Embracing life's pauses is healthy, restorative, and can boost creativity.
First came hygge, the Danish concept of coziness that captivated people's imaginations (and Instagram accounts) last winter. It was followed by lagom, the Swedish idea of living in moderation, and friluftsliv, open-air living. More recently came dostadning, a.k.a. Swedish Death Cleaning, or the act of slowly and steadily decluttering one's home as the years go by.
It's always amusing when a single word from a foreign language kickstarts an entire lifestyle trend, but that's not necessarily a bad thing. Sometimes all a person needs is a bit of inspiration, a spark of encouragement, to make changes they've been craving all along.
Now another word is making its way into wellness headlines, this time hailing from the Netherlands. The word is 'niksen' and it means "doing nothing"; or, as my sister who speaks Dutch explained to me, "to idle or muck around." Basically, niksen embraces a state of indolence, of languor. It reminds us that periods of doing nothing whatsoever, of purposely avoiding productivity, has great value.
Why is it so valuable? For one, it stands in stark contrast to the way in which most people live these days, rushing around from dawn till dusk with an unending to-do list. Western culture, in particular, is reminiscent of the mythological Sisyphus and his rock, forced to roll an immense boulder up a hill, only to have it roll back down as he nears the top. The duties never end. We do this, despite knowing how unhealthy it is, depriving us of downtime, of sleep, of time to think, of time spent with family and engaging in hobbies.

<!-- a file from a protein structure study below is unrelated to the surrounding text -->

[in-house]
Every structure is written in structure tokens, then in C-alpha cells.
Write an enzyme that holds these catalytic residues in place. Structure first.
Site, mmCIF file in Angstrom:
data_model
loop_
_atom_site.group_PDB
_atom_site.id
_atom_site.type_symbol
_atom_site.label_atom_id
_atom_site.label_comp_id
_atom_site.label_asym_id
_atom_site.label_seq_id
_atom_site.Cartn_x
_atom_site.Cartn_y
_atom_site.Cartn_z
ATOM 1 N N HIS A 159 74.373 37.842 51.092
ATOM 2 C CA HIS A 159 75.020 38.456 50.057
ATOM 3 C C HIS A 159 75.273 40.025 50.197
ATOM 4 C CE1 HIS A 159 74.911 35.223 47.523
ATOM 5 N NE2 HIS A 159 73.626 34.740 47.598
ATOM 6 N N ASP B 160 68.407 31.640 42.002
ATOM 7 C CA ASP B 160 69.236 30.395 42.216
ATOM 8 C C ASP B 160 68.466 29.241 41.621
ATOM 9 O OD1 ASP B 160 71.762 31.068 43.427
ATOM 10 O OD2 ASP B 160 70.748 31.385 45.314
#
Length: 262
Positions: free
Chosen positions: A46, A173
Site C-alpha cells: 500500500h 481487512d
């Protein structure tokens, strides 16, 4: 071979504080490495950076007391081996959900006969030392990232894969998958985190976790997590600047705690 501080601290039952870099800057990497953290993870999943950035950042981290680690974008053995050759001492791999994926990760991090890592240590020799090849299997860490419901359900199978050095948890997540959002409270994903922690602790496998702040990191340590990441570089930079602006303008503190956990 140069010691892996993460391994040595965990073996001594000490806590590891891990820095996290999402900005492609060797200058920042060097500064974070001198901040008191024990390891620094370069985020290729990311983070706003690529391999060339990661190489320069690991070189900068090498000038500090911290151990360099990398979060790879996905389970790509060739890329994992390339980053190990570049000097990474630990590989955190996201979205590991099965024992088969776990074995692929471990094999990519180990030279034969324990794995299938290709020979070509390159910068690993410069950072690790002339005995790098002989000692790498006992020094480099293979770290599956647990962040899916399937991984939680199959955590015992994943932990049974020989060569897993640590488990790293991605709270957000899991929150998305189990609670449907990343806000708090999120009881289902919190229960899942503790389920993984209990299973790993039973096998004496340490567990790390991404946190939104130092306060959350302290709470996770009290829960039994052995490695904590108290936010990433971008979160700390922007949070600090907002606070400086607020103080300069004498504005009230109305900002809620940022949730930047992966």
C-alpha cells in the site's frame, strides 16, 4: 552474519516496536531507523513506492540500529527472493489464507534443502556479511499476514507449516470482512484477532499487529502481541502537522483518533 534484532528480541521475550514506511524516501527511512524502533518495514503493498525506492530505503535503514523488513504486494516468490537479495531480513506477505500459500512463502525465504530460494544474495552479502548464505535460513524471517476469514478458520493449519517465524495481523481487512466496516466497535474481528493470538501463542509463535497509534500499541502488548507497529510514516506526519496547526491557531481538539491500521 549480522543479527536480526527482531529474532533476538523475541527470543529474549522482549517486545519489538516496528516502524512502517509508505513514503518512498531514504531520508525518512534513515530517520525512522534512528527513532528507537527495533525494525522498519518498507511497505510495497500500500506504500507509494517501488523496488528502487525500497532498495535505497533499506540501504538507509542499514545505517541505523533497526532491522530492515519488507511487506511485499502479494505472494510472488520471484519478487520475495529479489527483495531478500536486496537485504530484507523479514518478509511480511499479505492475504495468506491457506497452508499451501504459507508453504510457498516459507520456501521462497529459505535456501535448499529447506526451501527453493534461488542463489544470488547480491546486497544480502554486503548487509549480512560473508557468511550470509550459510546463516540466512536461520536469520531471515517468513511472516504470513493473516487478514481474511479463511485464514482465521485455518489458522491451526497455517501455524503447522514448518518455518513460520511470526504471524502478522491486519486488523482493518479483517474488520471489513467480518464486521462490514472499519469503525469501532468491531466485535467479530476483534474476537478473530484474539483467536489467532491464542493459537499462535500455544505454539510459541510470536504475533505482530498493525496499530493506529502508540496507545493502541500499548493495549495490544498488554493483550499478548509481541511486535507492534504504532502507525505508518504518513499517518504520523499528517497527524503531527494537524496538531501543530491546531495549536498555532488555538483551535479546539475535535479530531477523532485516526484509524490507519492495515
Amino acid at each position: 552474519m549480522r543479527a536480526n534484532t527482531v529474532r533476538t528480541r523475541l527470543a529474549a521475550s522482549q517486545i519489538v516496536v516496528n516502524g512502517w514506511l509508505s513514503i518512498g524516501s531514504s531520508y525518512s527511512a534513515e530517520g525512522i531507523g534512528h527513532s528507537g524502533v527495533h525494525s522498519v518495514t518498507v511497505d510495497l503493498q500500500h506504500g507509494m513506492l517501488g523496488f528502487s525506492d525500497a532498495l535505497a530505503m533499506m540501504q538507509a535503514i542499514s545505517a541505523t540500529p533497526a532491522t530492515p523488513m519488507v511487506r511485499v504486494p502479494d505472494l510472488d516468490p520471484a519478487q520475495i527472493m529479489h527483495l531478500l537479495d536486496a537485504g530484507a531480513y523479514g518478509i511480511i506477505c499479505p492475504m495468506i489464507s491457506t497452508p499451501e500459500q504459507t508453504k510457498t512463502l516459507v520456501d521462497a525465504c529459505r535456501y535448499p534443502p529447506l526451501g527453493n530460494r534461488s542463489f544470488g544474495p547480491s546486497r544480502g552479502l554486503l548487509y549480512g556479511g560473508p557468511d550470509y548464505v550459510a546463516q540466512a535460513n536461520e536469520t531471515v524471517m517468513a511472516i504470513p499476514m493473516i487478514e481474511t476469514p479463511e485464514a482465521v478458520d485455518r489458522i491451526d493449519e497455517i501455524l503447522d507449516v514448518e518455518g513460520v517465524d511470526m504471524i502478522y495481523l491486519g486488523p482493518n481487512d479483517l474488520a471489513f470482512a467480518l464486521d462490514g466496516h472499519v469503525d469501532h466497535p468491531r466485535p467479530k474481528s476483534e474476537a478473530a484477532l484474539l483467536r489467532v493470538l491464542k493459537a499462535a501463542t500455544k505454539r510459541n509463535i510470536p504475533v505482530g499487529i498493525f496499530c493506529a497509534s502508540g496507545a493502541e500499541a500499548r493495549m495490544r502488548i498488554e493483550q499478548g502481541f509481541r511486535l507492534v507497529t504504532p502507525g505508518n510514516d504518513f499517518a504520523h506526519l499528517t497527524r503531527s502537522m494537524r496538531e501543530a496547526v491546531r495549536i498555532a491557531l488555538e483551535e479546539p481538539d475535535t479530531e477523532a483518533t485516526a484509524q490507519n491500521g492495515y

One might think niksen sounds terribly boring, but recent psychological studies have shown that boredom is a surprisingly fertile mental state. The Atlantic reports that encouraging contemplation and daydreaming can spur creativity:
"A British study [asked] subjects to complete a creative challenge (coming up with a list of alternative uses for a household item). One group of subjects did a boring activity first, while the others went straight to the creative task. Those whose boredom pumps had been primed were more prolific."
Niksen differs from the ever-popular mindfulness in that it advocates a state of mental relaxation, even absence from the present. It endorses mind-wandering and imaginative digressions. Staring out the window, lying awake in bed, listening to music, spending a weekend doing nothing, watching paint dry -- all of these are wonderful examples of niksen. I particularly like writer Olga Mecking's description: "A thorough enjoyment of life's pauses."
Niksen gives a name to a concept I already embrace at home. I adore lazy weekends with my family, when there is nothing on the docket and nowhere to be. My favorite evenings are the unscheduled ones, when I can lie on the couch (with my bowl of popcorn) and read a novel. I suppose one might call that productive, but to me it's pure idleness and I love it.
Do you practice niksen, knowingly or unknowingly, at home?